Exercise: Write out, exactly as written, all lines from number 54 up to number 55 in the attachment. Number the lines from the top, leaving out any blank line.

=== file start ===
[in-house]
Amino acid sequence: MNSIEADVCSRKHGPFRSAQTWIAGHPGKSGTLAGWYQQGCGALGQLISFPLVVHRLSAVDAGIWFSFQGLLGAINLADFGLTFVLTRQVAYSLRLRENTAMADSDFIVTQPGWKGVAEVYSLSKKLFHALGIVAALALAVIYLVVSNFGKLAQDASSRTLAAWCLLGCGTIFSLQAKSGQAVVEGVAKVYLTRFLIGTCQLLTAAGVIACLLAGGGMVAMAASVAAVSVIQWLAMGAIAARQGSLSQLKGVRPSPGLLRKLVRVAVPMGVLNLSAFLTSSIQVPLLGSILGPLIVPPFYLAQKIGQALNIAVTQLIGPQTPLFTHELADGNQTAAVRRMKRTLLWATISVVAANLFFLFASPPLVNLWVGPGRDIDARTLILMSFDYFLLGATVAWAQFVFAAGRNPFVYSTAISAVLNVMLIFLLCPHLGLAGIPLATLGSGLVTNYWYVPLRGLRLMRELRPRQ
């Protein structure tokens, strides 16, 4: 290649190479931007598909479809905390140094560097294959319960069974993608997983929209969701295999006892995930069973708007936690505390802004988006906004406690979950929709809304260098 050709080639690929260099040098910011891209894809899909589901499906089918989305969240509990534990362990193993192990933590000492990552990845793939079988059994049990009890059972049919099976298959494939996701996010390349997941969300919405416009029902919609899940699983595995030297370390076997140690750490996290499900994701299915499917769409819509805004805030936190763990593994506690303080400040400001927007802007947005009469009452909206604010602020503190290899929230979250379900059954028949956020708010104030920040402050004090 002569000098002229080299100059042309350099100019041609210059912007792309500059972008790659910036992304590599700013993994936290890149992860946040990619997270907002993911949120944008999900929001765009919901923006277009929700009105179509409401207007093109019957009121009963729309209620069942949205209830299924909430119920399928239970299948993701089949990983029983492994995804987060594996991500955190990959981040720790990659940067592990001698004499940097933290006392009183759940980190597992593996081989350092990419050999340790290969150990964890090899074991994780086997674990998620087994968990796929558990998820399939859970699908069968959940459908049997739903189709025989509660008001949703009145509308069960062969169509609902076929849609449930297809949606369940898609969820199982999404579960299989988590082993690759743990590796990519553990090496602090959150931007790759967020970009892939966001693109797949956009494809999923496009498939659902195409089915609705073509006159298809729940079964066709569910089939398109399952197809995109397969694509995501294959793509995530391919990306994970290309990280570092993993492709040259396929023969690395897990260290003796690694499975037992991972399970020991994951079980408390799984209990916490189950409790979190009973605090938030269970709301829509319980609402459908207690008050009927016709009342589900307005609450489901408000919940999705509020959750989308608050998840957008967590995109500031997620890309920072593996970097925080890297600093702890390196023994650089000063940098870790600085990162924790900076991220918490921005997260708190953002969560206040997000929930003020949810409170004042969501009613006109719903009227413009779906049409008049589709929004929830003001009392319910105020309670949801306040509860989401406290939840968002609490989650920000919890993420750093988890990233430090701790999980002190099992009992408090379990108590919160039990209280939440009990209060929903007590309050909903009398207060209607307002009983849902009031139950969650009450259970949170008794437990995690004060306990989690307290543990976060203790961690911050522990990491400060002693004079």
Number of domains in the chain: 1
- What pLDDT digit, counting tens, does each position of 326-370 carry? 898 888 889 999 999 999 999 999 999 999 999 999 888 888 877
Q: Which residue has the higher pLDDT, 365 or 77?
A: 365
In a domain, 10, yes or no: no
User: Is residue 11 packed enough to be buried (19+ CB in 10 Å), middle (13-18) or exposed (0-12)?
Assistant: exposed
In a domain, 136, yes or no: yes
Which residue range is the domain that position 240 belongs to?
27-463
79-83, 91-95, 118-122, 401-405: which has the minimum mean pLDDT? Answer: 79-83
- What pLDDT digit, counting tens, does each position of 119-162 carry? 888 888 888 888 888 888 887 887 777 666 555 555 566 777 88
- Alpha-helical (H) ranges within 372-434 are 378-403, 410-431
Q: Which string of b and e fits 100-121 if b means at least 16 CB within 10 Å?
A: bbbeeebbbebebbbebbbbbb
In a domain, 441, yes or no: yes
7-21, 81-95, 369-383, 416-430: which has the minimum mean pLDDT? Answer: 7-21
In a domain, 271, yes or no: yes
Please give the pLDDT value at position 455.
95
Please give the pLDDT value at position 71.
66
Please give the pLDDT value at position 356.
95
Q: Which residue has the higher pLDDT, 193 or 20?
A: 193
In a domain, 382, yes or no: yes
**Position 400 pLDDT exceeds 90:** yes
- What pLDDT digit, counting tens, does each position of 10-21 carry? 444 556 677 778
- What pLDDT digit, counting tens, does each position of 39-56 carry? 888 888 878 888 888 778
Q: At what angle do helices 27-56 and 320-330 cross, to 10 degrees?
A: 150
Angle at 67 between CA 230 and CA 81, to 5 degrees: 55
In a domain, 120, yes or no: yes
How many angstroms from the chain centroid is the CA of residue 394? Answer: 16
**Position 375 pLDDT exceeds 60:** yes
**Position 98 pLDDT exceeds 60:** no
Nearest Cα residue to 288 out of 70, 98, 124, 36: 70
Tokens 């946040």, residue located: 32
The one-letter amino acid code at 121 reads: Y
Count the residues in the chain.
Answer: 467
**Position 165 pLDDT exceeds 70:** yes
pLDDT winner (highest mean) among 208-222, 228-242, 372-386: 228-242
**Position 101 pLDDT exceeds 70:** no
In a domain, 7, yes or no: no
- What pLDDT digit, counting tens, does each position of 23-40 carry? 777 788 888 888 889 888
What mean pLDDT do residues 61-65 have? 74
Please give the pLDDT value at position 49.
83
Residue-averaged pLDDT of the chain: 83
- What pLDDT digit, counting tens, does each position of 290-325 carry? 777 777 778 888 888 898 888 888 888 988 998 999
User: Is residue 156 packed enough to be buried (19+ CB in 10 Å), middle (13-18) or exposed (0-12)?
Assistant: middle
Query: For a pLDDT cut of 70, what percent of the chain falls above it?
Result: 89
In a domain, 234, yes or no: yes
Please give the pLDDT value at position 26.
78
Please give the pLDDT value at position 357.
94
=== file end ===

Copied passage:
Residue-averaged pLDDT of the chain: 83
- What pLDDT digit, counting tens, does each position of 290-325 carry? 777 777 778 888 888 898 888 888 888 988 998 999